Russia regrets US lack of cooperation in cyberspace.

Newsweek interviewed Artur Lyukmanov, Acting Director of Russia's Department of International Information Security, on Russia's views concerning international norms for the use of information communication technologies (ICTs). "Russia insists on the principles of justice, sovereign equality of states, non-interference in internal affairs and peaceful settlement of conflicts. These are the principles of the U.N. Charter," he said. In practice this has meant central Russian control over information--"sovereign equality" and "non-interference in internal affairs" mean Russia's ability to control the information its population receives. He went on to argue that international norms in cyberspace should involve joint inquiry into cyber incidents. "We are striving to reach such an understanding that governments and their competent agencies could directly investigate cyberincidents putting aside unsubstantiated assessments." A demand to show us the evidence has long been the customary Russian response to accusations of misbehavior. "Ideally, ICTs should be used for their intended purpose—as a means of communication, storage and transfer of useful and creative knowledge—for development, not destruction." Failure to reach an accommodation over such norms is all too likely, he said, to result in mutual destruction.

Russophone gang increases activity against Ukrainian targets.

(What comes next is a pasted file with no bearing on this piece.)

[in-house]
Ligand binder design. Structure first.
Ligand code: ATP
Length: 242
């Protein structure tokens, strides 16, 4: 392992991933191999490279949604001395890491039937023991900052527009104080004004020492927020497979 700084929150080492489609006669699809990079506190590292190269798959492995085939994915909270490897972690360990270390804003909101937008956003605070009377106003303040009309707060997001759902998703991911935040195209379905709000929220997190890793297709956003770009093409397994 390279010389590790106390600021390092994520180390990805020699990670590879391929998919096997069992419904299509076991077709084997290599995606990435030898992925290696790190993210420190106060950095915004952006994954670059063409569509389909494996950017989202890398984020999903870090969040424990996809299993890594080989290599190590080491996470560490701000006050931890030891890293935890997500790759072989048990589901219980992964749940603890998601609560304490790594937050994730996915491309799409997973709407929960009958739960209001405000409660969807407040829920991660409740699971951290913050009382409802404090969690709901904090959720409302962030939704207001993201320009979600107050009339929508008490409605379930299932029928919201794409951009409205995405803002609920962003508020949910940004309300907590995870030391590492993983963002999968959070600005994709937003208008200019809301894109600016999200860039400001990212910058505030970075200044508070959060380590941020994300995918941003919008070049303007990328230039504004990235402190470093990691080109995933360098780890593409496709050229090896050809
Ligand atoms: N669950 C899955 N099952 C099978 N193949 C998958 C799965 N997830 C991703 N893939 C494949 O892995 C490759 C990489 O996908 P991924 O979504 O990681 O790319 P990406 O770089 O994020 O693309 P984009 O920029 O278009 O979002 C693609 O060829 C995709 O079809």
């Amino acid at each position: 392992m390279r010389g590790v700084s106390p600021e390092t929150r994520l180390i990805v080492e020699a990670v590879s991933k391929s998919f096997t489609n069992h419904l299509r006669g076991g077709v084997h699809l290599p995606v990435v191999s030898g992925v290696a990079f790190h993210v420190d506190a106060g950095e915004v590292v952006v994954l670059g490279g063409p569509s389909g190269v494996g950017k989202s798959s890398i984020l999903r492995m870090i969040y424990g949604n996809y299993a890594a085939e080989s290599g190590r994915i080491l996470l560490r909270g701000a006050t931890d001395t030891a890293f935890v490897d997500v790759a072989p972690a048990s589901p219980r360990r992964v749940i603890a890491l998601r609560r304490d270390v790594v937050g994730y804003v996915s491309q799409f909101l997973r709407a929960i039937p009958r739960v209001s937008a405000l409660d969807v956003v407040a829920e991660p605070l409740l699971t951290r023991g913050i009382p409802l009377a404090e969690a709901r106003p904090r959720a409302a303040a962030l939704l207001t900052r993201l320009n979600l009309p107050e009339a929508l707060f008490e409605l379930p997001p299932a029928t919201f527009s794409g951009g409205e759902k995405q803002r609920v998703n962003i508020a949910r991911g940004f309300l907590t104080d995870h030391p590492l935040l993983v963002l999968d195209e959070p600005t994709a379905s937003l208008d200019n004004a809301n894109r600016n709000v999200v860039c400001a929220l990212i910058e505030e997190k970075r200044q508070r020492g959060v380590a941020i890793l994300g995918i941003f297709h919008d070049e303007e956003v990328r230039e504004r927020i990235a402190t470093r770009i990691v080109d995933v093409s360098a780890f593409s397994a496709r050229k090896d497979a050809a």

BlackBerry describes the recent activity of RomCom, a threat actor that presents itself as a financially motivated criminal organization, but which is more likely to represent a group acting on behalf of the Russian government. BlackBerry had earlier noted the group's use of spoofed versions of "Advanced IP Scanner" to hit Ukrainian military targets. The company's researchers have since found that RomCom has expanded its operations to exploit the brands of SolarWinds Network Performance Monitor, KeePass Open-Source Password Manager, and PDF Reader Pro.

"In preparation for an attack, the RomCom threat actor performs the following simplified scheme: scraping the original legitimate HTML code from the vendor to spoof, registering a malicious domain similar to the legitimate one, Trojanizing a legitimate application, uploading a malicious bundle to the decoy website, deploying targeted phishing emails to the victims, or in some instances, using additional infector vectors," BlackBerry explains.

So far Ukraine has been the primary target of the latest RomCom campaign, but there are signs pointing to some targeting of Anglophone countries, especially the United Kingdom. "RomCom RAT, Cuba Ransomware, and Industrial Spy have an apparent connection. Industrial Spy is a relatively new ransomware group that emerged in April 2022," BlackBerry concludes. While RomCom has sought to cloak itself in crime, the group seems to be working under the direction of a hostile intelligence service. "However, given the targets' geography and characteristics, combined with the current geopolitical situation, it's unclear if the real motivation of the RomCom threat actor is purely cybercriminal in nature." BlackBerry doesn't go this far, but it's difficult to resist the inference that RomCom is working for the Russian organs.